McCutchen says she’s been worried about bothering people with calls. “This is necessary work I’m doing it with a purpose. It’s been really worthwhile when you have a good conversation about voting with someone who’s a complete stranger.”



Expanding community college transfer to include workforce degrees

This is the fourth article in a series on the transfer experiences of North Carolina’s students between community colleges and four-year institutions. Click here to read the rest of the series.

Forsyth Technical Community College expanded Bailey Artz’s expectations for what he was going to get out of a college education. And that changed his life, he said.

Artz will finish his Associate of Applied Science (AAS) degree in diesel and heavy equipment this spring. He is going right back to Forsyth Tech this fall for a program where he’ll earn his associate degree in horticulture then transfer to North Carolina A&T State University to get a bachelor’s in agricultural education, which is designed to take two years at each school.

Artz is going to get a job using his diesel degree, he says, and work his way through his associate and bachelor degrees to supplement his Pell Grant and additional loans. The first degree Artz will earn will help him pay for the next two — a positive feedback loop when it comes to the value of education.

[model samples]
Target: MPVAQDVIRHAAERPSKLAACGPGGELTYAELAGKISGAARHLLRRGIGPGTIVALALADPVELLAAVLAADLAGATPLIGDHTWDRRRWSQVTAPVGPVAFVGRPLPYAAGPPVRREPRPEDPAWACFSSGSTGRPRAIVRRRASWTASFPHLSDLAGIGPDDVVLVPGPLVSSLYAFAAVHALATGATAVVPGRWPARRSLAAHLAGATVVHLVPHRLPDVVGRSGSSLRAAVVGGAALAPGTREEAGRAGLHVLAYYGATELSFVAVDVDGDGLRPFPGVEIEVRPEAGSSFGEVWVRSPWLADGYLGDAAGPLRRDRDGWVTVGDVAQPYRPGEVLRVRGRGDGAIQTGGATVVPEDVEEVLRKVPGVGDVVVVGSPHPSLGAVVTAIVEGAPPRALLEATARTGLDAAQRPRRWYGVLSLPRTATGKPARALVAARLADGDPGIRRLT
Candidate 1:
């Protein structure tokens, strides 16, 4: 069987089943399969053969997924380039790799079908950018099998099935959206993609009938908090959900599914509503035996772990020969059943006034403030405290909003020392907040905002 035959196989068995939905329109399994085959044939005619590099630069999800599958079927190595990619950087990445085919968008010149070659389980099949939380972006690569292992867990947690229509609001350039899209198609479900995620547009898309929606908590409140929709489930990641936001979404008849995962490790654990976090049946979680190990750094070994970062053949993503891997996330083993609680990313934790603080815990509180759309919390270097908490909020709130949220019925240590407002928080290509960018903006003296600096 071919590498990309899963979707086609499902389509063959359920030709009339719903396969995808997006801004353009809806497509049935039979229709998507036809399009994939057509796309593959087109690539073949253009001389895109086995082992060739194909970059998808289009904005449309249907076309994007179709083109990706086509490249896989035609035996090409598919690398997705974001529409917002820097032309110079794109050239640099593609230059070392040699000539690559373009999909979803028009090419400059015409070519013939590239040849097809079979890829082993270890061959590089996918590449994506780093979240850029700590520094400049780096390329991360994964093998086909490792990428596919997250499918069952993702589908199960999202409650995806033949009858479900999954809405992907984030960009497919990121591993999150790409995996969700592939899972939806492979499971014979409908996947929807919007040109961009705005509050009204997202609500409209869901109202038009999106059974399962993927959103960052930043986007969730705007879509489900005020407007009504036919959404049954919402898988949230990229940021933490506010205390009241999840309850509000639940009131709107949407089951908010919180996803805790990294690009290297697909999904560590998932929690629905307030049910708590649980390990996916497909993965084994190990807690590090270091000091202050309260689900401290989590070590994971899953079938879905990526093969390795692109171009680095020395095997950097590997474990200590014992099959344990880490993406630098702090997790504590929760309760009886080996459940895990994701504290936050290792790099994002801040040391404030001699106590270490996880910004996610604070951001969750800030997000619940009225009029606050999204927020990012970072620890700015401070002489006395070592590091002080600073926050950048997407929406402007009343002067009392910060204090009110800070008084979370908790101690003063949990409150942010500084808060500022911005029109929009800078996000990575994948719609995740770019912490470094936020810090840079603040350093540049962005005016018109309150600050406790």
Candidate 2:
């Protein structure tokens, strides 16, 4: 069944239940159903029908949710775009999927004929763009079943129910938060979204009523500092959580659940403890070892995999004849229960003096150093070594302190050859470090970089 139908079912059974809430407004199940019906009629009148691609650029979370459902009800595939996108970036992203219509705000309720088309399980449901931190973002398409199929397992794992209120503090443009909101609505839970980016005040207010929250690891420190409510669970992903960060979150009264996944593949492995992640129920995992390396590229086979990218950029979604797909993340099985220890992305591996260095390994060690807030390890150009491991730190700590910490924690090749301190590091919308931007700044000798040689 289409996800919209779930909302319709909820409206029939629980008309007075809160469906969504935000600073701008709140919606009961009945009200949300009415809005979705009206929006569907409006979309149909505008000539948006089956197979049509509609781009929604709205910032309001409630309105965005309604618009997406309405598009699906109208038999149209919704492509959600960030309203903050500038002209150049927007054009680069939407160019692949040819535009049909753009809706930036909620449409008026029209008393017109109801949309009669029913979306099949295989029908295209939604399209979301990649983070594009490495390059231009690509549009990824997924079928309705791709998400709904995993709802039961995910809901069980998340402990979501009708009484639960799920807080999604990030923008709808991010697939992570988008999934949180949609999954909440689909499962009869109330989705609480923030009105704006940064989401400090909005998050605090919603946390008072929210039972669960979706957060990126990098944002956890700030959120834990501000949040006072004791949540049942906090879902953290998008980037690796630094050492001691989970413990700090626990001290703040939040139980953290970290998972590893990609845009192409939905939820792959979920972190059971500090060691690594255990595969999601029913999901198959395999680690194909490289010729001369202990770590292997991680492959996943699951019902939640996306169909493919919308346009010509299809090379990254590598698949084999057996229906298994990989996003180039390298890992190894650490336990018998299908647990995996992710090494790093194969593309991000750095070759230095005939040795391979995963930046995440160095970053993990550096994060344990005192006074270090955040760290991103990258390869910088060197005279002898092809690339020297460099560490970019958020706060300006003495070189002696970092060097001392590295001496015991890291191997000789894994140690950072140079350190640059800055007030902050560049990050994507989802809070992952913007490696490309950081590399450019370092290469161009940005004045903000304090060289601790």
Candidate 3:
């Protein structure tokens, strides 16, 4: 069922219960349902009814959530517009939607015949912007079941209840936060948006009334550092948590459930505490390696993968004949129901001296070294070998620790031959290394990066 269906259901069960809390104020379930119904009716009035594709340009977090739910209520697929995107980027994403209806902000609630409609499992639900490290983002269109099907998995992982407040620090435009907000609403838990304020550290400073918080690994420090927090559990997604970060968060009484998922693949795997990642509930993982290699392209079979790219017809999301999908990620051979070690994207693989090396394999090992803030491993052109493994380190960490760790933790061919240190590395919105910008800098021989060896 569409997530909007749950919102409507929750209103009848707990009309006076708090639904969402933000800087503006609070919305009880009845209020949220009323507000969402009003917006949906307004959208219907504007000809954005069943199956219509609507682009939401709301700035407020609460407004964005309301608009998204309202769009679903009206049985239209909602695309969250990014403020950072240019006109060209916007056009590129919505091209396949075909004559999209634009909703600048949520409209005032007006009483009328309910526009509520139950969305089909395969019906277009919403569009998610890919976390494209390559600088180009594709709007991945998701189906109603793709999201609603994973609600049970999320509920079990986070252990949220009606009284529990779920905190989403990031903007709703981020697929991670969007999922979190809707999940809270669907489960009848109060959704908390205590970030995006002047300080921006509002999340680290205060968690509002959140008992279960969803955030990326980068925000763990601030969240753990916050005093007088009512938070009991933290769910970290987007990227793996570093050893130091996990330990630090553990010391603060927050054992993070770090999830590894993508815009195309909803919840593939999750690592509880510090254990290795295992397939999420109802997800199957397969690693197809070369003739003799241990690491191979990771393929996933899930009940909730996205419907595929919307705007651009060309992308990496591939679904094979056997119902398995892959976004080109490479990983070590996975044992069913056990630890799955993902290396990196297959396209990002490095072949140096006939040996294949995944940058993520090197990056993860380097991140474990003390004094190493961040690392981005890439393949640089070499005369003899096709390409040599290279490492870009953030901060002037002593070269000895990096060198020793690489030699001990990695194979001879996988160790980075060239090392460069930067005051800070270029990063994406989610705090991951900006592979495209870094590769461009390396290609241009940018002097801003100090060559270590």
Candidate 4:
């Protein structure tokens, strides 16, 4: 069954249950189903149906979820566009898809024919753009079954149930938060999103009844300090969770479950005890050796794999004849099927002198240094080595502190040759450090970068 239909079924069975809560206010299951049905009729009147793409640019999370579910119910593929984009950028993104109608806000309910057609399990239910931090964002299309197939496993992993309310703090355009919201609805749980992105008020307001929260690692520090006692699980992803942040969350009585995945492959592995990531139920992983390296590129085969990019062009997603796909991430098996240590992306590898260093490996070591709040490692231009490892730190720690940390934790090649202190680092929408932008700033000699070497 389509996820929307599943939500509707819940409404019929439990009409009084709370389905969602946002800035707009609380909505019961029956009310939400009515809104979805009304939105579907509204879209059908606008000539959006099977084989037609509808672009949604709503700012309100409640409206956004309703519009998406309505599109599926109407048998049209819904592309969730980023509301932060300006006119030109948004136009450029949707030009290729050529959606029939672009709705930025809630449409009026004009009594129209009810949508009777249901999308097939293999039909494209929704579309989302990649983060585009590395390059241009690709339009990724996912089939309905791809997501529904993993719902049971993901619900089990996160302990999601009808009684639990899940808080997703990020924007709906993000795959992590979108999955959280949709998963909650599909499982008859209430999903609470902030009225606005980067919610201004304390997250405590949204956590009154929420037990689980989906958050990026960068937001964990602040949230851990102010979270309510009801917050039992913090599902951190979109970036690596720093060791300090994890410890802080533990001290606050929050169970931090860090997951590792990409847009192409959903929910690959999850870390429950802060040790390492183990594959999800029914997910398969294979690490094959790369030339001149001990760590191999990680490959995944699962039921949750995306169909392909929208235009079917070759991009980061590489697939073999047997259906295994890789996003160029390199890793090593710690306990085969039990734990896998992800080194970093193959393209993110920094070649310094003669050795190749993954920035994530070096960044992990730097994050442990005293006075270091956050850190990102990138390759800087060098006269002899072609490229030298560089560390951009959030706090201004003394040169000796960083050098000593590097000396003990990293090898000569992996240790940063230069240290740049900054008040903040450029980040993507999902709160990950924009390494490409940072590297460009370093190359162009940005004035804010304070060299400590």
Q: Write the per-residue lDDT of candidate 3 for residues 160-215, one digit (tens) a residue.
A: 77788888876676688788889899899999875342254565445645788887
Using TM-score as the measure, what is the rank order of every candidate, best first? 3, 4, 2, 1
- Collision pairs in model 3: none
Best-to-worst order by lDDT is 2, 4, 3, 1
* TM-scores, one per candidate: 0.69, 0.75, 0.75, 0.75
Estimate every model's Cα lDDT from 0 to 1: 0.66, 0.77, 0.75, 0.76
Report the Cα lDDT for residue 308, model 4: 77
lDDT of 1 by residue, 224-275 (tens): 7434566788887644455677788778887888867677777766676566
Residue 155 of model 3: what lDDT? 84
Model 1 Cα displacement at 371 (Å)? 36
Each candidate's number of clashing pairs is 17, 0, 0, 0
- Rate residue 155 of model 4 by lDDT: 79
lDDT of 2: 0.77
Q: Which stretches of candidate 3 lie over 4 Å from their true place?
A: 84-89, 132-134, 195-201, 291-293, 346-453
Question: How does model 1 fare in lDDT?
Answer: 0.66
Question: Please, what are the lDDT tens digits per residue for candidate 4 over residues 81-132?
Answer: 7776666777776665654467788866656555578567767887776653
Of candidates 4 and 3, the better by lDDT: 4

By the time he graduates, Artz will have been in school for six years, assuming all goes according to plan. Artz, a high-achieving student with support at school and at home, has a good chance of making it through.

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Focus on Forsyth Table of Experts

A group of community leaders gathered at Front Street Capital’s new headquarters located in Bailey South to discuss Covid-19 and the profound impact, not just on business but on higher education, nonprofits, the workforce and certainly on individual households.

Community Hero: Allan Younger, Director of the Small Business Center, serving Forsyth and Stokes counties

Allan Younger with Winston Salem Dash mascot holding bags of food.